The emotional abuse comes way before the physical. He love bombs you and overwhelms you. Then the little digs start coming. Are you going to wear that? It makes you look fat.

    The little bits of control start coming. You should read this, drink this, be where I can find you.

    This is all conditioning, so when the beatings finally start, you are already under his control and keep thinking ‘i make him mad, its my fault.

    so look for the emotional stuff first. And don’t be in a hurry to get married or move in. Date for at least two years. They can’t keep up the charade forever before showing themselves.

    Reply
  54. Adele

    Excellent article. Wish I had this information 28 years ago. Would have saved a lot of heartache, tears, broken dreams and injuries. At least I’m out now. I hope this gets read world wide.

    Reply
  55. Sherry

    This was an excellent read. I am divorcing my Christian husband because he’s been emotionally and spiritually abusing my daughter and I, something I had to have confirmed by a psychologist and pastor of my new church. I told him only 3 weeks ago and in typical abuser fashion, he got so angry he moved out the next day rather than be sad or humble and try to see what he did wrong. Now he’s alternating day to day, even hour to hour, Repentance, anger and abusive talk with texts emails and phone calls. He is relentless and pulling out all the stops to get us back together, his main tactic making me out to be a terrible Christian if I proceed with the divorce. He refuses to believe that I don’t love him, that he killed it when he broke the marriage covenant by a abusing me. He’s definitely a spiritual narcissist and it’s being fed by the pastor at his fundamental evangical church. I am so grateful to God for putting those in my life to point me in the right direction, as I was so beaten down emotionally that I felt lost aBnd hopeless. Not any more. And my 13 yr old daughter is now safe and less likely ( she is going to be vulnerable) to be drawn into a relationship like this.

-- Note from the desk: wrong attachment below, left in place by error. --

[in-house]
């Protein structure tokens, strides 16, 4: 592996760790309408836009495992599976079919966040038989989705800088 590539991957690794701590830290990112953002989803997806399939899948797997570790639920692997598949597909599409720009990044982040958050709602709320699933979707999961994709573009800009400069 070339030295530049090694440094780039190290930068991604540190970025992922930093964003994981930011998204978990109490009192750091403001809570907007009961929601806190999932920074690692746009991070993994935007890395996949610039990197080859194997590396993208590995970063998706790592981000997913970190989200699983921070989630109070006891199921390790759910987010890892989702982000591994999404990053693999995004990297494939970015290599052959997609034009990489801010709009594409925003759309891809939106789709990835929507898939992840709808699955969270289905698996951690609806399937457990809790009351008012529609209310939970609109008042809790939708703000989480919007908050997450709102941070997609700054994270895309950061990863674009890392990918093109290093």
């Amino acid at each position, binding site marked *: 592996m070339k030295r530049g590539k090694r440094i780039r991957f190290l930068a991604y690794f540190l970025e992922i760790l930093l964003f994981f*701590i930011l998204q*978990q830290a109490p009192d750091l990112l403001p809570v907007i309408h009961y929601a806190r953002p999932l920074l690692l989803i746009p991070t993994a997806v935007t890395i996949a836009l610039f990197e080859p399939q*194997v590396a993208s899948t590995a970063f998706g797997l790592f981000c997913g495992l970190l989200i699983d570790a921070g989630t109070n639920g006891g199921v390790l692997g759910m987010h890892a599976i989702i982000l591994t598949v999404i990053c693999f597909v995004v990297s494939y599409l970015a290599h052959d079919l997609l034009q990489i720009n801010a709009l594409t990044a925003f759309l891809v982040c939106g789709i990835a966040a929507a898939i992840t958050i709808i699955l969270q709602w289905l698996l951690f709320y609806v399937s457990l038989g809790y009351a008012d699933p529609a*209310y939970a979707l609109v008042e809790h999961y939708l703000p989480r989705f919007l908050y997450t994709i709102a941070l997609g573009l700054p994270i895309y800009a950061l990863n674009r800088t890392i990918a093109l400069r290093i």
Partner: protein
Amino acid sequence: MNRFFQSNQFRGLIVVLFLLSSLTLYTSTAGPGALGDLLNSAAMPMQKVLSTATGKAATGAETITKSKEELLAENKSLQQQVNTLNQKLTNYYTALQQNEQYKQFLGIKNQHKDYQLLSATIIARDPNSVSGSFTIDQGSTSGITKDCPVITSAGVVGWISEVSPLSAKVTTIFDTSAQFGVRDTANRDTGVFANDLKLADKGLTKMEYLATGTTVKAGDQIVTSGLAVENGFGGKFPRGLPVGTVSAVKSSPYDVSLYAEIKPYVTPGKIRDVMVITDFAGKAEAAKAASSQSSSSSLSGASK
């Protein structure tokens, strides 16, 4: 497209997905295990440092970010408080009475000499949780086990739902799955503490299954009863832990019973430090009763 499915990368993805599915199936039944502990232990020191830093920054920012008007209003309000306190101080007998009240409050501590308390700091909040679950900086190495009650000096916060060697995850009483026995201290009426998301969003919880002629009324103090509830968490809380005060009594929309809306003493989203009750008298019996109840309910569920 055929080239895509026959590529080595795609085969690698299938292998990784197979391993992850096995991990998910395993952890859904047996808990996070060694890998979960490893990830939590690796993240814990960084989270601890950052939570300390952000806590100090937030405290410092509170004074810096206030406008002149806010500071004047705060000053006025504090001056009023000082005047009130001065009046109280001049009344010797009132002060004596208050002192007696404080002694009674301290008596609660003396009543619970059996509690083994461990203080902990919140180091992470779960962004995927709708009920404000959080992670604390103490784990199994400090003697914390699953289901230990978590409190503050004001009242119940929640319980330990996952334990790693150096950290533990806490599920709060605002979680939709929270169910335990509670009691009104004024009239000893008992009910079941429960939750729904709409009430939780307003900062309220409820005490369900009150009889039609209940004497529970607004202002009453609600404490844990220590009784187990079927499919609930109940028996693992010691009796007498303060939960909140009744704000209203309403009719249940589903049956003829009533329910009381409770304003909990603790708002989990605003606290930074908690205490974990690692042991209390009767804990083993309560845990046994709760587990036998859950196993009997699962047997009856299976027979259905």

Reply
  56. Carrie

    It’s great to see the signs, but sometimes you see the signs, you feel the gut instinct but still feel trapped. When I married my first husband (emotionally abusive) I also had others saying I didn’t “have” to marry him, but no one gave me options. We had just had a child, were still in college, he wouldn’t “not be around to raise his child”, and my family wouldn’t have approved of us moving in together unwed. Unfortunately for me I wasn’t strong enough on my own to get out of the relationship until he “found someone else, just like me, but different”. That was my final straw and the hardest, but best moment of my ‘married’ life up to that point. Another sign would be if the partner is unwilling to seek counseling at any point. But it is so important that friends and family members who see the signs to help people out of the relationship with viable alternatives.

    Reply
  57. anon

    What do I do if I have married someone who has 99% of these traits? I love him and don’t want to leave him for the sake of our three children. I am breaking down emotionally and don’t know where to turn.

    Reply
    • Natalie Klejwa